“The personal values of the rater mattered,” Schuldt says. “Our data suggest that when organic practices don’t appeal to a consumer’s values, they expect organic food to taste worse.”

In part two of the study, the researchers explored whether there were contexts in which people who were proenvironment might have a negative impression of organic labels. Here, 156 participants read one of two versions of a fake news article that discussed the development of “a highly engineered drink product designed to relieve the symptoms of African children suffering from severe malnutrition,” according to the study.

To convey the artificial, engineered aspect of the beverage, the article described the drink—named Relief drink 1.1—as a formula that resulted from a collaboration between scientists and the food industry. In one version of the news article, the engineered drink was described as organic every time the drink was mentioned. The other version never mentioned the word organic. Participants were randomly assigned one version of the news story or the other.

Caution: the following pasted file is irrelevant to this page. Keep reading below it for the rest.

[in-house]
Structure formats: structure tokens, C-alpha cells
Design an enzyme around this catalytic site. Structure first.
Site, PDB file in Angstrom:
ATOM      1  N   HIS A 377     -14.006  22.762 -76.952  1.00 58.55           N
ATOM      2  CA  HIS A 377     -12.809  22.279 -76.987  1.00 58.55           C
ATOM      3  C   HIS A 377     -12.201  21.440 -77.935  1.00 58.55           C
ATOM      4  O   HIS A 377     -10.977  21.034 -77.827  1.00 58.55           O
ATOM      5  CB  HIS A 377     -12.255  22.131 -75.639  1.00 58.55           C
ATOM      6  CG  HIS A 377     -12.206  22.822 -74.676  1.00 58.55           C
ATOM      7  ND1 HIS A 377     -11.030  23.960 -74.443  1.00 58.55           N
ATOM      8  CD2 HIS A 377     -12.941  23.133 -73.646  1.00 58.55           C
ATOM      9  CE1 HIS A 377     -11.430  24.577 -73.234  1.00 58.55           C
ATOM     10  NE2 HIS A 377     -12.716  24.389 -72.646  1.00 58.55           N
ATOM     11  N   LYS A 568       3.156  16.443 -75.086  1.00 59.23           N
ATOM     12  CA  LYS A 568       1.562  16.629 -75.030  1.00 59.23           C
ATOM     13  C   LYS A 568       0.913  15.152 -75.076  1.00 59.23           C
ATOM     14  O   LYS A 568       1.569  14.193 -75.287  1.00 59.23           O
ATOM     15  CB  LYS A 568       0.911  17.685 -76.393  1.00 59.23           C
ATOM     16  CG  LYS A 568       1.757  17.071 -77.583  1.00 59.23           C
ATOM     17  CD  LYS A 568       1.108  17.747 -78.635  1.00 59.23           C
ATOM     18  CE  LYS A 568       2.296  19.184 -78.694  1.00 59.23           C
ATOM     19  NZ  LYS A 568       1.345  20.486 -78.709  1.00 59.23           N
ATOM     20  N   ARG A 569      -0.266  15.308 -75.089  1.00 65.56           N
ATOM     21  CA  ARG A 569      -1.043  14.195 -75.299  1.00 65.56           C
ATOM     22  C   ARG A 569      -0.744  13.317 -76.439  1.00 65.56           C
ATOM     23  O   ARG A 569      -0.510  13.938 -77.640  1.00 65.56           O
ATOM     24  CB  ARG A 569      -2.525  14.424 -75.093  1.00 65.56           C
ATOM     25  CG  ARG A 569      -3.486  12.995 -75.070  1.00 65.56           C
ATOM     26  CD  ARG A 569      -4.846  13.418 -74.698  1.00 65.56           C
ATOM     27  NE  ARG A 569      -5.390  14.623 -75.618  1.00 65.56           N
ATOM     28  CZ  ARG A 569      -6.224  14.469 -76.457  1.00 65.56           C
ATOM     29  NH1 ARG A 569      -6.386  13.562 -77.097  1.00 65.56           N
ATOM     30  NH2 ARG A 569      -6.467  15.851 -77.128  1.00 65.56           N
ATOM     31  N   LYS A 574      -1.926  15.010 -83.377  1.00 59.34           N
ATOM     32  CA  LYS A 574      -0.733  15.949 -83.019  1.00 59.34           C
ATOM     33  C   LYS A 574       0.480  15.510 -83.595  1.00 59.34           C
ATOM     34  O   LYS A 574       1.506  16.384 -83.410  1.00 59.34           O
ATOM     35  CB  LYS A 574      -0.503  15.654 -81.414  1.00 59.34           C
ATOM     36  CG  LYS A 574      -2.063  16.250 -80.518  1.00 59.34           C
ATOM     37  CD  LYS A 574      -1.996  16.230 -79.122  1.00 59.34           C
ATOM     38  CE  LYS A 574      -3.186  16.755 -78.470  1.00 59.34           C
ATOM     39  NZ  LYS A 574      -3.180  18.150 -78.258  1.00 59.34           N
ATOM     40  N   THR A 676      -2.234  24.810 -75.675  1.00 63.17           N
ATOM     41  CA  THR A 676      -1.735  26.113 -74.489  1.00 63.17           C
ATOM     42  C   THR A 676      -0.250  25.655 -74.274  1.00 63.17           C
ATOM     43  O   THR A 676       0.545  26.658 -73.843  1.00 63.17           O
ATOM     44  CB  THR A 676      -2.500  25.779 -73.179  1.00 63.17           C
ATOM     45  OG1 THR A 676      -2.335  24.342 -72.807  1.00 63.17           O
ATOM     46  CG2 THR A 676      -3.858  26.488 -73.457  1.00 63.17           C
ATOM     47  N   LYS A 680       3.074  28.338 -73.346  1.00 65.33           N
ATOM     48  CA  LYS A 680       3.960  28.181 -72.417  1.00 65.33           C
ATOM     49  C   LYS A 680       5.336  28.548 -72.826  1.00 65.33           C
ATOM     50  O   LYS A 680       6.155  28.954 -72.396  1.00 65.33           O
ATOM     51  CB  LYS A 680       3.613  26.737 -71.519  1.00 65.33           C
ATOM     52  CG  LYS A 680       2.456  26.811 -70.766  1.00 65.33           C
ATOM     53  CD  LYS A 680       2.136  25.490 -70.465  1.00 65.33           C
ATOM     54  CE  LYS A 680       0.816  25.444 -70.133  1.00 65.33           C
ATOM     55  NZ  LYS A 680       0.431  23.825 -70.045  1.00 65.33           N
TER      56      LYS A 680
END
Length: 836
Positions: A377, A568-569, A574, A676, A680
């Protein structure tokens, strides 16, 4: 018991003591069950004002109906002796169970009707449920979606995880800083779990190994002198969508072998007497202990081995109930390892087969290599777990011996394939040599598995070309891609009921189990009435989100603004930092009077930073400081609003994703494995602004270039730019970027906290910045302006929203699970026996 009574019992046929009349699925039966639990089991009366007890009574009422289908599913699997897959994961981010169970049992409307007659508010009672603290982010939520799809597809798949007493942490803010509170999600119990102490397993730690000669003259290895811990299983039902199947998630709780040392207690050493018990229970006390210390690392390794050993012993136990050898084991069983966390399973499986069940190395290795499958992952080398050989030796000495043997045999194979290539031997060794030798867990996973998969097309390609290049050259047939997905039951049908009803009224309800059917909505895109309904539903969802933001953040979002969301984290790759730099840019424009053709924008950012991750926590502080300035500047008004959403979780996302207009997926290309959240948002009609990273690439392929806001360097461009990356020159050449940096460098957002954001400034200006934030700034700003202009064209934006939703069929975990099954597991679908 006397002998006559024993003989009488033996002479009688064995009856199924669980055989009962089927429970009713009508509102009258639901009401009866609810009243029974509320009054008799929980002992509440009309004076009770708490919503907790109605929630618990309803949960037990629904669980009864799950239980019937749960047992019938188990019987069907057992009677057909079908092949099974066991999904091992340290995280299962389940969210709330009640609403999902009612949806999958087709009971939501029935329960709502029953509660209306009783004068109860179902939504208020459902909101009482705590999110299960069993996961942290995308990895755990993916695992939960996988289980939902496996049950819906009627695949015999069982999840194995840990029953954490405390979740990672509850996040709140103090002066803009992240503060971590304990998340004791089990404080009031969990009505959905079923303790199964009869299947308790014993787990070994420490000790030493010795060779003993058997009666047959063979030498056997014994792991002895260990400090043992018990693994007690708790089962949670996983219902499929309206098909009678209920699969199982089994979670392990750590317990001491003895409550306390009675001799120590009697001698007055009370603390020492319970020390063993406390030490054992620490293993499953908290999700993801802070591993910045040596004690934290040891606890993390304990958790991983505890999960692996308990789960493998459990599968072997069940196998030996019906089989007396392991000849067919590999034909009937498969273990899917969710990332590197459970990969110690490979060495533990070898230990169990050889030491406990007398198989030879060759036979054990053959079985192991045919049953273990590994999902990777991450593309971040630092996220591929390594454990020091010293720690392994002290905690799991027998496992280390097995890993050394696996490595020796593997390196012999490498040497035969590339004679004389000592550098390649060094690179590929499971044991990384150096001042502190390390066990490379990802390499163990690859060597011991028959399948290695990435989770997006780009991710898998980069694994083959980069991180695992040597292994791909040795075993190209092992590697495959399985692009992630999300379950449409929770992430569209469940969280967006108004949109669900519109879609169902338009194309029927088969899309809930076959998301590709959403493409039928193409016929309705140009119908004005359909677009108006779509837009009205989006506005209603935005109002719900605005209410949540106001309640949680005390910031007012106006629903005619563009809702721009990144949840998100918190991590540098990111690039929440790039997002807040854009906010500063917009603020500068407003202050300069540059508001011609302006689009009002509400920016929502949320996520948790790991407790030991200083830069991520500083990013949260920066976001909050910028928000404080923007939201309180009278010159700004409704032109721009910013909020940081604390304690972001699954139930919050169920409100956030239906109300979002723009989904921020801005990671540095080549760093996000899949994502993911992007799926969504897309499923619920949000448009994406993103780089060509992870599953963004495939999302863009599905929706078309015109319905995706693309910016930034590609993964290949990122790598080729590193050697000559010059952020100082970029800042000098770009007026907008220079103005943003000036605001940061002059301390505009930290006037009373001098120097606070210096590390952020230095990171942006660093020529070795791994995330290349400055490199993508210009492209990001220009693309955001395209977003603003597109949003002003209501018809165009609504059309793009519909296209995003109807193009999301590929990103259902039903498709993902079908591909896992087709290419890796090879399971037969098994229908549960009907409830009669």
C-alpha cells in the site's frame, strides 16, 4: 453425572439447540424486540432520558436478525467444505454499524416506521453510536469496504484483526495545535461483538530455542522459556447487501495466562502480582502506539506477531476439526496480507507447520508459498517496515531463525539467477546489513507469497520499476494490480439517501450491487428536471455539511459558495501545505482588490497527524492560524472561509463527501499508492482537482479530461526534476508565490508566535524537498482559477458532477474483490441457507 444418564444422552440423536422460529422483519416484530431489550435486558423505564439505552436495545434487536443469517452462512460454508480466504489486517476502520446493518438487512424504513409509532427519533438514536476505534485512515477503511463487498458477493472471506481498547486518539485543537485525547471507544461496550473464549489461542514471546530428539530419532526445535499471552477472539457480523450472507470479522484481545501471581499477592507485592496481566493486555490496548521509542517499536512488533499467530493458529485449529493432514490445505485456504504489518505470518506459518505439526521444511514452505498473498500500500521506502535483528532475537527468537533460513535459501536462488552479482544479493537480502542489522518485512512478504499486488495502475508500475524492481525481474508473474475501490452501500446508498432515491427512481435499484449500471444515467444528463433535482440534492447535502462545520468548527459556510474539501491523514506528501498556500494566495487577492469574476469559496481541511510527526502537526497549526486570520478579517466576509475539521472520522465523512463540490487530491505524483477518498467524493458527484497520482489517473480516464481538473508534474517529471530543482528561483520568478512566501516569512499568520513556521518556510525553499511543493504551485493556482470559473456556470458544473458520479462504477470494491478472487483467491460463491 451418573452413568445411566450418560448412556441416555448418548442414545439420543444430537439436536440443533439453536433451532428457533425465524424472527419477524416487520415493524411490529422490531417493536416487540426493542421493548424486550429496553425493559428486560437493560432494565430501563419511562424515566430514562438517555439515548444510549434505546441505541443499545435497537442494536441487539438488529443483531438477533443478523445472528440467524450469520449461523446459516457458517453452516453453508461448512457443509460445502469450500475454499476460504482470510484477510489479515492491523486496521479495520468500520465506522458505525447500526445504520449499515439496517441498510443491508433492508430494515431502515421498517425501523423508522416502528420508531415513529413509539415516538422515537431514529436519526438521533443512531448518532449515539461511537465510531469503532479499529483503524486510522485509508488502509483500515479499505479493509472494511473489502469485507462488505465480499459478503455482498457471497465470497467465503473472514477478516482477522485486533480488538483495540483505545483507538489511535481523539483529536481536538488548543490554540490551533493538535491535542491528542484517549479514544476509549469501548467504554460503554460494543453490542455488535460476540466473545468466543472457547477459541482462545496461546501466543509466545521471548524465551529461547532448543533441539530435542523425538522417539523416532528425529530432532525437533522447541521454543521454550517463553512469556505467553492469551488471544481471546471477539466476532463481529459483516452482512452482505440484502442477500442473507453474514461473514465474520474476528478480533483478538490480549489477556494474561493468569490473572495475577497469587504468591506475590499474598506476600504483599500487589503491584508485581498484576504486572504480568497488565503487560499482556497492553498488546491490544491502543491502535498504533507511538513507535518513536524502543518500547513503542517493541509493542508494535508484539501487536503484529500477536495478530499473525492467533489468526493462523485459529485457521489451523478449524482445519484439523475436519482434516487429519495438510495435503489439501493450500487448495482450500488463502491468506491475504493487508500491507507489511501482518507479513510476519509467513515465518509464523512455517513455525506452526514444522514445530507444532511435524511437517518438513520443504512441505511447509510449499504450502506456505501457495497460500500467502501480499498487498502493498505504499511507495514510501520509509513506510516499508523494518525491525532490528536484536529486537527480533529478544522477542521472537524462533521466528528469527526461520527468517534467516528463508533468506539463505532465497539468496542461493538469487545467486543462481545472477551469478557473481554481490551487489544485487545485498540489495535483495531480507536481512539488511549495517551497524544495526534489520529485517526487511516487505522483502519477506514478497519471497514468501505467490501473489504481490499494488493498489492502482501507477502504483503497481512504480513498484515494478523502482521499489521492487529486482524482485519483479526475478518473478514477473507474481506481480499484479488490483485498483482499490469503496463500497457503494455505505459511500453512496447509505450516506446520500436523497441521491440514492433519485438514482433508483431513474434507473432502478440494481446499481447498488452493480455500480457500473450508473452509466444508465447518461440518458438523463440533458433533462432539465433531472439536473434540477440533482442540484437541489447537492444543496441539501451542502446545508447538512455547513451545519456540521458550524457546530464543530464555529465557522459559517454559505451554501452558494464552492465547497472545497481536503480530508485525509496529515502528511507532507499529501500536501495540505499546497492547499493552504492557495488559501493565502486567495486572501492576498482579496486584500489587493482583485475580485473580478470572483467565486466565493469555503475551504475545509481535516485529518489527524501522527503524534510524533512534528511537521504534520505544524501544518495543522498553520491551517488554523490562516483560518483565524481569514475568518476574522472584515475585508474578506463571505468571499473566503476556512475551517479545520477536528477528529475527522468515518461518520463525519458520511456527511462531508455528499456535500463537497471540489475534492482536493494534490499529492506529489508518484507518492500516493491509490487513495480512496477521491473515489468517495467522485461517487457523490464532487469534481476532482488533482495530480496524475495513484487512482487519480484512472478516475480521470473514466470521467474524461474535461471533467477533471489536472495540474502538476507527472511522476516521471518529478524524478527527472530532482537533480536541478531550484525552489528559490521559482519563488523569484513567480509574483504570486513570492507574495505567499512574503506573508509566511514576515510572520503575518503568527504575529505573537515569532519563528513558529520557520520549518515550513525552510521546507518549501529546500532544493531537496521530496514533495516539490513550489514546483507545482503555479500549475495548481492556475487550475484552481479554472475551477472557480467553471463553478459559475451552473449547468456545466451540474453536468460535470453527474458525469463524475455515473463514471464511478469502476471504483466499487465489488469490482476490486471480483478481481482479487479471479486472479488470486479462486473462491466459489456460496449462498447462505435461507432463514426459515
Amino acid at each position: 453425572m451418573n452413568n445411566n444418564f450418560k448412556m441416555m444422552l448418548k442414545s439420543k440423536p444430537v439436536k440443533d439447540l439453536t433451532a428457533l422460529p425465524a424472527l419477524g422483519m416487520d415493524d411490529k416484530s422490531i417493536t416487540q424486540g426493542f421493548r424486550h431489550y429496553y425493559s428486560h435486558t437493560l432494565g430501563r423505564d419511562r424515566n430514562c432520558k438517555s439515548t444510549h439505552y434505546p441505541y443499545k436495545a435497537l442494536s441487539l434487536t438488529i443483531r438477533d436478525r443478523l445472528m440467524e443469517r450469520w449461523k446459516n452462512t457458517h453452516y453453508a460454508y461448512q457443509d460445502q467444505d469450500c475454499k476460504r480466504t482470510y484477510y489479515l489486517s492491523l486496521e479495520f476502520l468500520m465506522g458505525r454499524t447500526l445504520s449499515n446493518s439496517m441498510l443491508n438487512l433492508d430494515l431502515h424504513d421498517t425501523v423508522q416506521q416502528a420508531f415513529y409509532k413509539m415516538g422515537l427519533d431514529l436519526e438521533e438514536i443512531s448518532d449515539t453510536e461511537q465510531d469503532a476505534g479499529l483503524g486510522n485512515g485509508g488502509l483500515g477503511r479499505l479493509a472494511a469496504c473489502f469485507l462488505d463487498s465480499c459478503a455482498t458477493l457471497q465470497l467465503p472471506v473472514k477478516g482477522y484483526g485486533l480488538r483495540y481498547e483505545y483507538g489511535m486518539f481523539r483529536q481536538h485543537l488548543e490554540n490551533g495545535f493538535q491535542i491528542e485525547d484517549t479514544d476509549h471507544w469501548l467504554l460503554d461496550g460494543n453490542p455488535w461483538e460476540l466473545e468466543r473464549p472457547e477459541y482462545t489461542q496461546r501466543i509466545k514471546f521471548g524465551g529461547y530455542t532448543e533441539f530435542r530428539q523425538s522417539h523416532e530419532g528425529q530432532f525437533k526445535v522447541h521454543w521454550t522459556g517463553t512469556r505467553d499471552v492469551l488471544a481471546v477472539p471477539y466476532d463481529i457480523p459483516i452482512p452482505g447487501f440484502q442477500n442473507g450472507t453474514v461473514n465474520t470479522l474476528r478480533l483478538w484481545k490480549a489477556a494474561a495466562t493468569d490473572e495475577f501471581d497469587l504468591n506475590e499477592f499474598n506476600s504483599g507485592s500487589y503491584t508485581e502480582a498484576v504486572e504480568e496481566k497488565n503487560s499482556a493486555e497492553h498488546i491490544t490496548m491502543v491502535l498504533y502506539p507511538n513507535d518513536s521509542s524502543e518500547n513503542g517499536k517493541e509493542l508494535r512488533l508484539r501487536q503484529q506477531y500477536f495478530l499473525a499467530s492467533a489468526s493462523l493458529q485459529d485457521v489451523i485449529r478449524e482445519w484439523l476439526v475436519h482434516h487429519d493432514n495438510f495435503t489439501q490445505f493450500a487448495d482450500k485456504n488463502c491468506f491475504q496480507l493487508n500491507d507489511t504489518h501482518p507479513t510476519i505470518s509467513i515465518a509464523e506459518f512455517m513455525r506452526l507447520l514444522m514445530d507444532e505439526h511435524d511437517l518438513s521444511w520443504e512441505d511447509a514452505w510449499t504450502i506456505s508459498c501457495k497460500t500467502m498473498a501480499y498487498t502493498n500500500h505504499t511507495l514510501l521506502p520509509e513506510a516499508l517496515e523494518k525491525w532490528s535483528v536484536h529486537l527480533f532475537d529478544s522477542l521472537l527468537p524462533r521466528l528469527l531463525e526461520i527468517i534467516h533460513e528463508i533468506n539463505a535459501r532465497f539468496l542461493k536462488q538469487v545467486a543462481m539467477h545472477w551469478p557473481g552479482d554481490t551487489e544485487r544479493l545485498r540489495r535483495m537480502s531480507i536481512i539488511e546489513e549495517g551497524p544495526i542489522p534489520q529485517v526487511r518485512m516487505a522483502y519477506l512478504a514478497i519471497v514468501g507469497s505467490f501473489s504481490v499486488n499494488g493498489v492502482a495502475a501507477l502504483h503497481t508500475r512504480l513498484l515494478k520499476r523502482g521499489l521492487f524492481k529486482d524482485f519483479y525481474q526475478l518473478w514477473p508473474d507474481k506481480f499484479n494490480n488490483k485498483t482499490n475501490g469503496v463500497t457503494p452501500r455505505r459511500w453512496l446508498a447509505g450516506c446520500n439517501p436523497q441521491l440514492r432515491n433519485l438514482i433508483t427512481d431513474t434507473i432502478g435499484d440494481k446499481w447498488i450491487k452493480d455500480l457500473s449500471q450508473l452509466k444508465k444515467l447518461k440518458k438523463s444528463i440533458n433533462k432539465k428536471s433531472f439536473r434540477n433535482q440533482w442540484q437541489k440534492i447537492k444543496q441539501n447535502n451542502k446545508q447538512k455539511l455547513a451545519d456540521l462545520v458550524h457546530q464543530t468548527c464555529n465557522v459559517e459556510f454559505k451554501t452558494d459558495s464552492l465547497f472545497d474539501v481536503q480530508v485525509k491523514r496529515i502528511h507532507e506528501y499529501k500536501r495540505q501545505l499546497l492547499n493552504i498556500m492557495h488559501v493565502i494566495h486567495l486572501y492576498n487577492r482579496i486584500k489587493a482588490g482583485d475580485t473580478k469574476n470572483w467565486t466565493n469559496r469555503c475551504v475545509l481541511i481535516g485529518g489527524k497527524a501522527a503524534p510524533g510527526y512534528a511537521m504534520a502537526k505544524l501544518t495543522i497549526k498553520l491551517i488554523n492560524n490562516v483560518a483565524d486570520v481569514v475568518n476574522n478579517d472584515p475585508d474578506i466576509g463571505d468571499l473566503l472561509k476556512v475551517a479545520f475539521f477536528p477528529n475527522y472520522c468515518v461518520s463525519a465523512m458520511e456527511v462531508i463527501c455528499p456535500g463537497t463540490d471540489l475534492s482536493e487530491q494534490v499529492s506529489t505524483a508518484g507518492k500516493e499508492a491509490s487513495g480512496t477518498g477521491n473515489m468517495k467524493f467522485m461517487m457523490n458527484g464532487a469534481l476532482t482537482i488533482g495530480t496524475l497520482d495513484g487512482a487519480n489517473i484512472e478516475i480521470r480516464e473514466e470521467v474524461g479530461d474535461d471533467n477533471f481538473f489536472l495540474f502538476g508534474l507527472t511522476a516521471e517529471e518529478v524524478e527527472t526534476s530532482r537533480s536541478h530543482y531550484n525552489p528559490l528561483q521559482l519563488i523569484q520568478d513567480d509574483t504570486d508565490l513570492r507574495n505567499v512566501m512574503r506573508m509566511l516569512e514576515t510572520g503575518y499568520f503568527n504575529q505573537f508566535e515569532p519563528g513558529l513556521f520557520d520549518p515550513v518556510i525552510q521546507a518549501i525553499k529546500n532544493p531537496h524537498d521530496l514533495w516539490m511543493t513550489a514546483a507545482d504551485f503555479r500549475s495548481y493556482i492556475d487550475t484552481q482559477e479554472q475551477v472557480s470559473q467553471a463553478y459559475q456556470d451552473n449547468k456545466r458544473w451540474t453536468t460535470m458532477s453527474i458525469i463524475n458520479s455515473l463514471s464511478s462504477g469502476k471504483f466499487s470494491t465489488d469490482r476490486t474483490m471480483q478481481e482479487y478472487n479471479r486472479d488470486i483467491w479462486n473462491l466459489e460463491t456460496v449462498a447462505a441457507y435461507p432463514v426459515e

The results showed that participants who were highly proenvironment judged the organic version of the drink to be less effective compared with the nonorganic version.

“It’s a reminder that the halo effect hinges on the values of the perceiver,” Schuldt says. “It’s not the case that you can label a food organic and expect that everyone will perceive it more positively. Under certain circumstances, ethical labels could have an unintended backfire effect.”

Future research may involve taste tests of organic and conventional foods to see whether personal values influence a taster’s perceptions when actually eating a food, Schuldt adds.

— Source: Cornell University